Integrated cardiopulmonary modelling for the investigation of the management of disturbed tissue perfusion

Lead Research Organisation: University of Nottingham
Department Name: School of Medicine

Abstract

The management of low cardiac output states (where inadequate blood flows to the organs, causing organ damage) is poorly researched. These "shock" states are a common feature of critical illness, and consume a large part of the healthcare budget.

Previous attempts to investigate shock states have had conflicting results because of the complexity of human and animal models, and the difficulty of measuring outcomes of interest. This issue could be investigated in great detail and depth using computer simulation of multiple organs, and this is the basis of our proposed project. Findings from this research will be directly applicable to critically ill patients, and have the potential to save many lives and reduce healthcare expenditure.

Step 1: We will design and develop ground-breaking computer simulations of heart, blood vessels and tissue. We will combine these with our existing, published lung simulation. The resulting, multiple organ simulation will include great detail of the structure and function of these organ systems and will allow very detailed interrogation of microscopic areas to determine the interaction between organ systems and treatment strategies in critically ill patients.

Step 2: We will apply ground-breaking validation (testing) techniques to test and improve the accuracy and usefulness of the new multi-organ models; these will include techniques from space and flight-control engineering and techniques designed in our labs for "smart" validation against individual patient monitoring data and previous clinical studies.

Step 3: Using the multi-organ models we will investigate the disturbed physiology of shock states and potential treatment strategies. Initially, we will address poorly understood aspects of the disorder of normal function, and the potential to affect tissue blood flow and oxygenation (e.g. how does lung-protective life-support affect organ oxygenation during shock?).

Step 4: Using the knowledge generated in the previous phase, we will construct simple algorithms for the management of various types of shock state and test these in a large population of simulated subjects, assessing the ability of the algorithms to improve outcome from shock.

Outcomes: Successful completion of the project will yield novel multi-organ models that may be re-used in investigating critical illness, greater understanding of shock states and potential treatment pathways, and, finally, treatments that may be used in patient care to optimise methods of treating critically ill patients with shock states.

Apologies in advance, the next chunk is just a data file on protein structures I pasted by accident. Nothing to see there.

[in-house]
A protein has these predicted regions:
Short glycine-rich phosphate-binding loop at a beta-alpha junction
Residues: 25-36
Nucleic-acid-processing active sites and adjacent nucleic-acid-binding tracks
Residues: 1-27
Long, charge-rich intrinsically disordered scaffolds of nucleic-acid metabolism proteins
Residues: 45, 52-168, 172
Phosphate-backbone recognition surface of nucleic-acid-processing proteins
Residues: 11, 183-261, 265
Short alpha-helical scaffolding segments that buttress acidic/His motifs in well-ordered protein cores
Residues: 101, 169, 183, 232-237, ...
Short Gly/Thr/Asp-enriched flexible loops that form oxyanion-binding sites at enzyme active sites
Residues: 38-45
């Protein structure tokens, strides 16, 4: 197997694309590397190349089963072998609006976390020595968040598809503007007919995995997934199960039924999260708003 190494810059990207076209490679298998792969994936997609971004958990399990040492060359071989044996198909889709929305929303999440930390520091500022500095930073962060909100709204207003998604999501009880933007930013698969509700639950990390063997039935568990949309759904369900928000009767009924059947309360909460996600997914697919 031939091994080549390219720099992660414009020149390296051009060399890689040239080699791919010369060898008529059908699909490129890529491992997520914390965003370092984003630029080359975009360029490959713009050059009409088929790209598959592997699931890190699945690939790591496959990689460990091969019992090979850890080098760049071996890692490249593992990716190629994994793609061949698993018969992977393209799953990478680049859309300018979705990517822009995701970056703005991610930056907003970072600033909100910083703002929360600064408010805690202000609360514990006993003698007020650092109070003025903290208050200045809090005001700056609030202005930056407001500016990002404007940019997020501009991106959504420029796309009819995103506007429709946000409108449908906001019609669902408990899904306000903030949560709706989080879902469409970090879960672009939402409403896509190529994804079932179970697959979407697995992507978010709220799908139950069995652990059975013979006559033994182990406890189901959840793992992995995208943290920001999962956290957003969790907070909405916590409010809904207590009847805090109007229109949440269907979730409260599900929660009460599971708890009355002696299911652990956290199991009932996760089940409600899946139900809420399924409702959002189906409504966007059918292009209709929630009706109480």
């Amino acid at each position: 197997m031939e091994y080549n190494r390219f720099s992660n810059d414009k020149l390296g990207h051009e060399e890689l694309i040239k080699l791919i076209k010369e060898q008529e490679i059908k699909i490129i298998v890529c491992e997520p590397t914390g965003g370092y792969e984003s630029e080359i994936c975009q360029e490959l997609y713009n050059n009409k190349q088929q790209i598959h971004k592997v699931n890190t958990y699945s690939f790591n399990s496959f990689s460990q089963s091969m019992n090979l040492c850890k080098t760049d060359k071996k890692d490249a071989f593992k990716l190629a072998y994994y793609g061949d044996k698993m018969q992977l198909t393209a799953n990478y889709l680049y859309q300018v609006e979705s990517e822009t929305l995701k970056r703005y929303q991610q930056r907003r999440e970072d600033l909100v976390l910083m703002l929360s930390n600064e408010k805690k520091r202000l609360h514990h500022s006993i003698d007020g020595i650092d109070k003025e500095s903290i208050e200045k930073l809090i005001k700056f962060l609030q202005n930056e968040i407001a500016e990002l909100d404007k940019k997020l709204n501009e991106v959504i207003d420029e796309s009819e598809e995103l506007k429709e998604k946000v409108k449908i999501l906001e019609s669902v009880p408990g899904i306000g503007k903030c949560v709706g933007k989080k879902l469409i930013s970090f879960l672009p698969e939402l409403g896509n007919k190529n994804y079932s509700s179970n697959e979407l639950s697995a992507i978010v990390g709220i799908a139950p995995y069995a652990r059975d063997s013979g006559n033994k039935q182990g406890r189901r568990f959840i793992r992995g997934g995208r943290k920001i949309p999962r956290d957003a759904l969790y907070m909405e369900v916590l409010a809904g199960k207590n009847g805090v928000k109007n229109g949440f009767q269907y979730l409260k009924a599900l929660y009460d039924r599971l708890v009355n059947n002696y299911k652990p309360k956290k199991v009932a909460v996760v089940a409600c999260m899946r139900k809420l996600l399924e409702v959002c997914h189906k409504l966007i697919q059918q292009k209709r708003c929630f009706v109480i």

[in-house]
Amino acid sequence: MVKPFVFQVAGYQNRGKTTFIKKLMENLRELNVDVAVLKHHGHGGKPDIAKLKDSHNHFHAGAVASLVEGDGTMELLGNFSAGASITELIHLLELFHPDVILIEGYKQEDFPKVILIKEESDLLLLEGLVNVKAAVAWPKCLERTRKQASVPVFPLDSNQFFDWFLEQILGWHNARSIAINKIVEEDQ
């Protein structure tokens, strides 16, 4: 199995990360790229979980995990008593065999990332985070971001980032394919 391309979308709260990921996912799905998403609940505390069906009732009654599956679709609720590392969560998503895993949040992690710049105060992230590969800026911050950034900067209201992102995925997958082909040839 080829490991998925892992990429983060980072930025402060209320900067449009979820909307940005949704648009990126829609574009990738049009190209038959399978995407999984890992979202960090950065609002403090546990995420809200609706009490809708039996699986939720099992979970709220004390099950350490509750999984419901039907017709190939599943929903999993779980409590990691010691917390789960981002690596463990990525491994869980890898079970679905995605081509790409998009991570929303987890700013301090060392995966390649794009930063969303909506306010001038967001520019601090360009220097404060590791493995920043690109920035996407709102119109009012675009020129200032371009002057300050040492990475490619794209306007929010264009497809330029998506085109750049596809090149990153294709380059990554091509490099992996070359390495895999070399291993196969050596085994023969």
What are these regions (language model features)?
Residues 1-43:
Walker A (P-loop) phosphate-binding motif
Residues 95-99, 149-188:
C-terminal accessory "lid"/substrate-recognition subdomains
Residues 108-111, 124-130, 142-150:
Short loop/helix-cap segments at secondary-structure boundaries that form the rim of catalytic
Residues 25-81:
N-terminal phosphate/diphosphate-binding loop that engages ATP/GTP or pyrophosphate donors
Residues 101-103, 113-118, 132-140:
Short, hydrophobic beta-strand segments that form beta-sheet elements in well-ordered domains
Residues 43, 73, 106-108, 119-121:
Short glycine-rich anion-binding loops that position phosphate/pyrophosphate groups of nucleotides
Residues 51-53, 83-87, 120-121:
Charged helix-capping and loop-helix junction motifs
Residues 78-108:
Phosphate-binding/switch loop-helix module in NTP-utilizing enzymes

Technical Summary

We will design and develop novel computational models of the human cardiac and vascular systems and integrate these with our published, validated pulmonary models. The resulting multi-organ modelling will be multiscalar and will have great scope and depth of detail (e.g. a branching three-dimensional vessel-bed containing variable depths of cells, tissue perfusion distribution affected by endogenous mediators and drugs, heart comprising four chambers with stretch- and perfusion-affected myocardial contractility and valvular outlets, heart contained within a pericardium/mediastinum/thorax complex that will be externally compressible to allow simulation of cardiac massage). Each compartment will affect neighbouring compartments and flow between compartments will be calculated arithmetically for micro-epochs (<1 ms) and a new dynamic state calculated by moving compartmental contents as determined by calculated flows.

We will apply novel "smart" validation techniques to test the veracity and fitness-for-purpose of the integrated models; these will include robustness analysis techniques, prospective validation against single-patient data streams and replication of previously published clinical research.

Using these integrated multi-organ models we will investigate the disturbed physiology of low cardiac output states and potential therapeutic strategies. Such "shock states" are poorly understood and are a common feature of critical illness, which consumes a large part of the healthcare budget. Initially, we will address poorly understood aspects of such states (e.g. How does manipulation of blood viscosity affect cellular oxygenation during shock? How does permissive hypercapnia affect cellular oxygenation and pH during shock?). Using the knowledge generated in this phase, we will test algorithms for the management of various shock states in large populations of in-silico subjects.

Planned Impact

The management of low cardiac output states is inadequately researched and the risk factors for end-organ damage are poorly understood. Such "shock states" are a common feature of critical illness, which consumes a large part of the healthcare budget.

There is significant interaction between cardiac, pulmonary and vascular function, such that treatments intended to improve function in one part of the system may be detrimental to others. Clinicians inevitably have to adopt compromise approaches based on theory and experience. No measurement techniques exist that can quantify within-organ, real-time perfusion and cellular oxygenation; this limits the potential of clinical or animal-model research, which may only provide surrogate outcomes with limited relevance to human pathology. In human studies, the techniques and outcomes have varied considerably, making comparisons difficult; even apparently similar studies have come to opposing conclusions. All of the above issues have hampered the development of coherent protocols that allow optimal clinical management of shock states. There is increasing interest in protocol-guided management of at-risk patients but the pathophysiology that causes between-patient differences is still poorly understood.